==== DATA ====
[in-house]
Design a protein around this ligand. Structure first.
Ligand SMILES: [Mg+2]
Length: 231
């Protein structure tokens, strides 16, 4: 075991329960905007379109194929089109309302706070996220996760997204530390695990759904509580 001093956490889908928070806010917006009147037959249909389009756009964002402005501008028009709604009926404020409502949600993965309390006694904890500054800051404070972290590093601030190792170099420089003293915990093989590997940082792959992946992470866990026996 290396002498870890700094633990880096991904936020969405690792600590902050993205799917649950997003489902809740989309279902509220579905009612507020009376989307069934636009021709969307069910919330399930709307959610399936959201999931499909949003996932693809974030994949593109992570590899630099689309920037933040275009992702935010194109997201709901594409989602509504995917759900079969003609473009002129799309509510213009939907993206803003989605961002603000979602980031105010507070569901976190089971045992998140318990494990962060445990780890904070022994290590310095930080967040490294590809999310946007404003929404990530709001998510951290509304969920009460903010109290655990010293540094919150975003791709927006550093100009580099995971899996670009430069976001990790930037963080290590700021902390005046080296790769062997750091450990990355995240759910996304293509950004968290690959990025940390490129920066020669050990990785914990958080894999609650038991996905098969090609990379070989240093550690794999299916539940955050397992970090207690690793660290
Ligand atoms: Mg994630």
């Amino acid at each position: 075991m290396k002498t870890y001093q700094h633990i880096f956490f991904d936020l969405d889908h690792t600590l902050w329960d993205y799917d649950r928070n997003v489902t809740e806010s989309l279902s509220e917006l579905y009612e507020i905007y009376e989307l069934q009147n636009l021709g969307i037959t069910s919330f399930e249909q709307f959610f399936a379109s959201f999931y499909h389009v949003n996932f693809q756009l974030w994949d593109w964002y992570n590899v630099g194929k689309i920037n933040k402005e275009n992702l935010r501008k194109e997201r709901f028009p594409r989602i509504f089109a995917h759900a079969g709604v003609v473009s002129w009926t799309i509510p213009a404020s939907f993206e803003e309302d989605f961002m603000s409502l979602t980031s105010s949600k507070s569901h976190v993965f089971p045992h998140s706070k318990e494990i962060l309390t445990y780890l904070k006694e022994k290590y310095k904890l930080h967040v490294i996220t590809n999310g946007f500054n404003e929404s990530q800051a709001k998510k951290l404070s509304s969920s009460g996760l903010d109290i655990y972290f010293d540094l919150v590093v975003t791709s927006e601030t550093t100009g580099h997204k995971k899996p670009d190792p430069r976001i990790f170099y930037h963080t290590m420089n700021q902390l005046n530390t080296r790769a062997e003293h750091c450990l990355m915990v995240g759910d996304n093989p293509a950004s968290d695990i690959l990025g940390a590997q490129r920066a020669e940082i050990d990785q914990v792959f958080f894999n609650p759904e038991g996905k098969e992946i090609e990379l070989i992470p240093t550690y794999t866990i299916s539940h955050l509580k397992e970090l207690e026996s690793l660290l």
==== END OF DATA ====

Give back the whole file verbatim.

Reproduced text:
[in-house]
Design a protein around this ligand. Structure first.
Ligand SMILES: [Mg+2]
Length: 231
């Protein structure tokens, strides 16, 4: 075991329960905007379109194929089109309302706070996220996760997204530390695990759904509580 001093956490889908928070806010917006009147037959249909389009756009964002402005501008028009709604009926404020409502949600993965309390006694904890500054800051404070972290590093601030190792170099420089003293915990093989590997940082792959992946992470866990026996 290396002498870890700094633990880096991904936020969405690792600590902050993205799917649950997003489902809740989309279902509220579905009612507020009376989307069934636009021709969307069910919330399930709307959610399936959201999931499909949003996932693809974030994949593109992570590899630099689309920037933040275009992702935010194109997201709901594409989602509504995917759900079969003609473009002129799309509510213009939907993206803003989605961002603000979602980031105010507070569901976190089971045992998140318990494990962060445990780890904070022994290590310095930080967040490294590809999310946007404003929404990530709001998510951290509304969920009460903010109290655990010293540094919150975003791709927006550093100009580099995971899996670009430069976001990790930037963080290590700021902390005046080296790769062997750091450990990355995240759910996304293509950004968290690959990025940390490129920066020669050990990785914990958080894999609650038991996905098969090609990379070989240093550690794999299916539940955050397992970090207690690793660290
Ligand atoms: Mg994630």
């Amino acid at each position: 075991m290396k002498t870890y001093q700094h633990i880096f956490f991904d936020l969405d889908h690792t600590l902050w329960d993205y799917d649950r928070n997003v489902t809740e806010s989309l279902s509220e917006l579905y009612e507020i905007y009376e989307l069934q009147n636009l021709g969307i037959t069910s919330f399930e249909q709307f959610f399936a379109s959201f999931y499909h389009v949003n996932f693809q756009l974030w994949d593109w964002y992570n590899v630099g194929k689309i920037n933040k402005e275009n992702l935010r501008k194109e997201r709901f028009p594409r989602i509504f089109a995917h759900a079969g709604v003609v473009s002129w009926t799309i509510p213009a404020s939907f993206e803003e309302d989605f961002m603000s409502l979602t980031s105010s949600k507070s569901h976190v993965f089971p045992h998140s706070k318990e494990i962060l309390t445990y780890l904070k006694e022994k290590y310095k904890l930080h967040v490294i996220t590809n999310g946007f500054n404003e929404s990530q800051a709001k998510k951290l404070s509304s969920s009460g996760l903010d109290i655990y972290f010293d540094l919150v590093v975003t791709s927006e601030t550093t100009g580099h997204k995971k899996p670009d190792p430069r976001i990790f170099y930037h963080t290590m420089n700021q902390l005046n530390t080296r790769a062997e003293h750091c450990l990355m915990v995240g759910d996304n093989p293509a950004s968290d695990i690959l990025g940390a590997q490129r920066a020669e940082i050990d990785q914990v792959f958080f894999n609650p759904e038991g996905k098969e992946i090609e990379l070989i992470p240093t550690y794999t866990i299916s539940h955050l509580k397992e970090l207690e026996s690793l660290l």